How to use succession planning for employee retention in a tough labor market

Something you should be doing anyway might also be a helpful asset in retaining your best employees.

Manager speaking to staff member

Image: iStock

It's not news that the talent crunch has been particularly acute for technology leaders, with turnover in critical positions and a challenging market for finding and hiring new staff. You've also likely experienced the fact that retaining existing staff is often cheaper and easier than finding, evaluating, engaging and training a replacement.

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There are all manner of tools and techniques for retaining staff, from launching elaborate employee benefits programs to software tools that claim to identify employees who are a "flight risk." However, it's often the simple, basic tools that can have an outsized impact, particularly if you've been ignoring some of these areas. One of those simple tools that leaders often defer or ignore outright is succession planning.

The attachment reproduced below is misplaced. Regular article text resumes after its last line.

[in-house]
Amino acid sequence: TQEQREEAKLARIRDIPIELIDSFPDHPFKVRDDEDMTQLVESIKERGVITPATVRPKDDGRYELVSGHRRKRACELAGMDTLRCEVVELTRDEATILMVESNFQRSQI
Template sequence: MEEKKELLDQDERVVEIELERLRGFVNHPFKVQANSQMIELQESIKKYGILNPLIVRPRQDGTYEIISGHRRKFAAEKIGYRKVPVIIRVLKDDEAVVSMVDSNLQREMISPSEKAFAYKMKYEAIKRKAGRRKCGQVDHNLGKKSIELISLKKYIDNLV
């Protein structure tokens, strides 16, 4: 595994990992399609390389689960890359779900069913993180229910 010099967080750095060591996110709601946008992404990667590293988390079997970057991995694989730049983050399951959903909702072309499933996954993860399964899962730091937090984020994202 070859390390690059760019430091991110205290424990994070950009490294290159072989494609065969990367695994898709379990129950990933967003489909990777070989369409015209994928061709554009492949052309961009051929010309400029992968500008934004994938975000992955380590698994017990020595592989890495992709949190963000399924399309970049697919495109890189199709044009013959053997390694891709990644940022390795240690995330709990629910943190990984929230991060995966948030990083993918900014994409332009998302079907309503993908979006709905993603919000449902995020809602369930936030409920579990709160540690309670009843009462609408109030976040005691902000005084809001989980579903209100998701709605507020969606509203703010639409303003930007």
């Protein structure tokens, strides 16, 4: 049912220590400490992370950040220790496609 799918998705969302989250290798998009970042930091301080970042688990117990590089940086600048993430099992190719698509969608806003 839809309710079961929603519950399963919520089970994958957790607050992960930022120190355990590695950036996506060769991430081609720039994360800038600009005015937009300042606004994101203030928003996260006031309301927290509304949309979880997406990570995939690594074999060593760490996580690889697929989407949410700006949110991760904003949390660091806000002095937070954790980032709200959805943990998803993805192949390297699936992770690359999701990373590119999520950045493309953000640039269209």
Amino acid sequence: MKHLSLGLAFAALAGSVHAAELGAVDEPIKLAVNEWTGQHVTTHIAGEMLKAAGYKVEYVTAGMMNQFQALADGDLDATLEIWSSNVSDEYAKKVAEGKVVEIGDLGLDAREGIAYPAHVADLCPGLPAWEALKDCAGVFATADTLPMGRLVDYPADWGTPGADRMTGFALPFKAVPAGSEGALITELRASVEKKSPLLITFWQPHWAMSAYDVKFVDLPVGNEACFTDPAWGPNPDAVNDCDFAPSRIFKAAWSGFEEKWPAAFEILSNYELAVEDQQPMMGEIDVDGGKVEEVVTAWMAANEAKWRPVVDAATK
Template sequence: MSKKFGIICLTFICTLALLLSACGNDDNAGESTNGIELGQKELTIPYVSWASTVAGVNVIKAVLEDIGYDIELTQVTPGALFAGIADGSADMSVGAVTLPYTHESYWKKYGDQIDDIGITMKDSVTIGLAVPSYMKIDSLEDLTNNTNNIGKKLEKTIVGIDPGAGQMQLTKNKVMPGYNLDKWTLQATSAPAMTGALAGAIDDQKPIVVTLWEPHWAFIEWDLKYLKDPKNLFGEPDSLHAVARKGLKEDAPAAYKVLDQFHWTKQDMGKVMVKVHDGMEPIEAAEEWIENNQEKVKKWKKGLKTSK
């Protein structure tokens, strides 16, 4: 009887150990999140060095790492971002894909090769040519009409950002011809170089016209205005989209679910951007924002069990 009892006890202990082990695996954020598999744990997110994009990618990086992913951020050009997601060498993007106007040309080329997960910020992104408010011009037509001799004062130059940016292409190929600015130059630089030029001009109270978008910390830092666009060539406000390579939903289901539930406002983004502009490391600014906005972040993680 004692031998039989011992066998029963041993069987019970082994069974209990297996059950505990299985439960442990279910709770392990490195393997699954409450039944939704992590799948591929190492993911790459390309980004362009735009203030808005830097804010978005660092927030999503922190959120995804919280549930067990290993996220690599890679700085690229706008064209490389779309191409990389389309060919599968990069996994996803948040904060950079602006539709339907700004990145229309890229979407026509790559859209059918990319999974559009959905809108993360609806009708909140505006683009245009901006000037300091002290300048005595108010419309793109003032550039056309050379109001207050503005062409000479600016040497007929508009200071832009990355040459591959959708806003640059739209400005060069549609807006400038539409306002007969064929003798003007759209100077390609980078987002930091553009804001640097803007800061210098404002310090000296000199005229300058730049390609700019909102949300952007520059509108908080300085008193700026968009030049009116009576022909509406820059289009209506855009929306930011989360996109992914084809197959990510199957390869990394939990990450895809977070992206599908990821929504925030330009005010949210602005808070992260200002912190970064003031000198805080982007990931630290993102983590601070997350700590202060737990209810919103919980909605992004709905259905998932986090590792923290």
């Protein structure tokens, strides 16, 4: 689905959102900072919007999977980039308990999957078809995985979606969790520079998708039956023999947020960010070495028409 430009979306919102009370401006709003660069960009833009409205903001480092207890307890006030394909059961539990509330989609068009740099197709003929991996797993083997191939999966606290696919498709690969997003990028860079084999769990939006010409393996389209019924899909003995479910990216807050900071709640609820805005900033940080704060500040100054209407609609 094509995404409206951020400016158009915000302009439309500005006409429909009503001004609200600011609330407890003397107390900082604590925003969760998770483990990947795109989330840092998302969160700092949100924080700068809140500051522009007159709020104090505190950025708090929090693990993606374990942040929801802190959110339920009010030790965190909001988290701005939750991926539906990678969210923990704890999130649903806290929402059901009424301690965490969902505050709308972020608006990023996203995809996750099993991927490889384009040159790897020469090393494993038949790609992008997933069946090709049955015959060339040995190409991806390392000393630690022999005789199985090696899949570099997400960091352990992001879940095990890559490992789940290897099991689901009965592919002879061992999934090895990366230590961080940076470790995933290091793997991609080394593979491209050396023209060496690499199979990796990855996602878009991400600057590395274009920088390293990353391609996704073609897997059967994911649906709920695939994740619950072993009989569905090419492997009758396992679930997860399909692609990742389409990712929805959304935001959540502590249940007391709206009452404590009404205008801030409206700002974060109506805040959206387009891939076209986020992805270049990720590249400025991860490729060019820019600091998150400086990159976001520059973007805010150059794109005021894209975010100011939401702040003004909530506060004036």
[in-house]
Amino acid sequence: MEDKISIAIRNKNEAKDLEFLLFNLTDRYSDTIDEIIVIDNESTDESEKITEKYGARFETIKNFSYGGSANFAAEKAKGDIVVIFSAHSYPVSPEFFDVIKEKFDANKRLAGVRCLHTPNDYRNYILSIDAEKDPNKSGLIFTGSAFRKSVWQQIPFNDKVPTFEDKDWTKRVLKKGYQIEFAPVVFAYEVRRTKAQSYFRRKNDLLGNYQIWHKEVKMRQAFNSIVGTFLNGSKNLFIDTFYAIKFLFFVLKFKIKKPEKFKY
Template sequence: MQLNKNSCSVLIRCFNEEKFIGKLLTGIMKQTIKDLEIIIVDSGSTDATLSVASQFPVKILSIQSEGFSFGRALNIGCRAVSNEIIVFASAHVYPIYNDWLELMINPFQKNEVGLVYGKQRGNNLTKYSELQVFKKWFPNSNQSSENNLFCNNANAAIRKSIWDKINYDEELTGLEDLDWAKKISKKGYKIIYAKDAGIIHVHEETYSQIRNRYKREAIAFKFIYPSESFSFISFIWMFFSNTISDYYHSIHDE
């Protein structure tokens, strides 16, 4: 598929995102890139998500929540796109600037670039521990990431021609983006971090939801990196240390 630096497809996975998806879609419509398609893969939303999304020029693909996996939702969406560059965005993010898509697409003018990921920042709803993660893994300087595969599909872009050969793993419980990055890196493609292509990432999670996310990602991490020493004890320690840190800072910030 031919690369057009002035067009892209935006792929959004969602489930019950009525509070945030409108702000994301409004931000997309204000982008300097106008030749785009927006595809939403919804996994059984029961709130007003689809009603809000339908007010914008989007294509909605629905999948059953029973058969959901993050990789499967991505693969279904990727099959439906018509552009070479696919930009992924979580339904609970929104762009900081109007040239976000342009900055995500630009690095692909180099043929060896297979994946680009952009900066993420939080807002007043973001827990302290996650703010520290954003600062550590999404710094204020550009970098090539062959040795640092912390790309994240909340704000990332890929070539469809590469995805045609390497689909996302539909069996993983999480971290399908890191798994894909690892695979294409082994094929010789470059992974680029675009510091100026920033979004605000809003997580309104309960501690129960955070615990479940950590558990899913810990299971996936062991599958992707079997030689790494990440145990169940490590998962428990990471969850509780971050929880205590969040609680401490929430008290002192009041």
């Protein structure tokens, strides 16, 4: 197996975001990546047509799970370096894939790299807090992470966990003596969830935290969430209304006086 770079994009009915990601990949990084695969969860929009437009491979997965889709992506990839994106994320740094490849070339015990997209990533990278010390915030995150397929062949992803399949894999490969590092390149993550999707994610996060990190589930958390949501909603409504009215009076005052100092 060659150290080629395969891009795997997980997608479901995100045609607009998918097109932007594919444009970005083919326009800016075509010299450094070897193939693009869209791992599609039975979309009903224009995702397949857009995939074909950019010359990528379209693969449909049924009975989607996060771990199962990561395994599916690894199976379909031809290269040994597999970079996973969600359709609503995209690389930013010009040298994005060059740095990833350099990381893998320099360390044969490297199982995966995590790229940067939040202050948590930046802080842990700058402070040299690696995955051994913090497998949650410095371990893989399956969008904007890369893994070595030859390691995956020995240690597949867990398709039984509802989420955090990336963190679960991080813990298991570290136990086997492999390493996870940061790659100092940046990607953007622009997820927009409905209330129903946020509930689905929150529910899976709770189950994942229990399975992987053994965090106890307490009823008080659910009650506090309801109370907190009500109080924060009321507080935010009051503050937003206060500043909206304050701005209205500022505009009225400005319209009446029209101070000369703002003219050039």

Thinking broadly about succession planning

Too often, leaders limit the scope of succession planning to one or two key leadership roles, and at some organizations, this self-imposed limitation might even ignore IT leadership roles completely. There is certainly a time and place for complex succession planning at the highest leadership levels, but as leaders within our own organization, take a broader view of succession planning and start by identifying the most critical roles within your group or team.

With this list established, rank order each role in order of importance. For different companies, importance might mean different things, but an easy test is to imagine that the person filling that role leaves tomorrow. How dramatically would that departure impact your organization? Would some critical functions or areas be at significant risk, or are there readily apparent candidates to backfill that person or perhaps a way to allocate their tasks to others?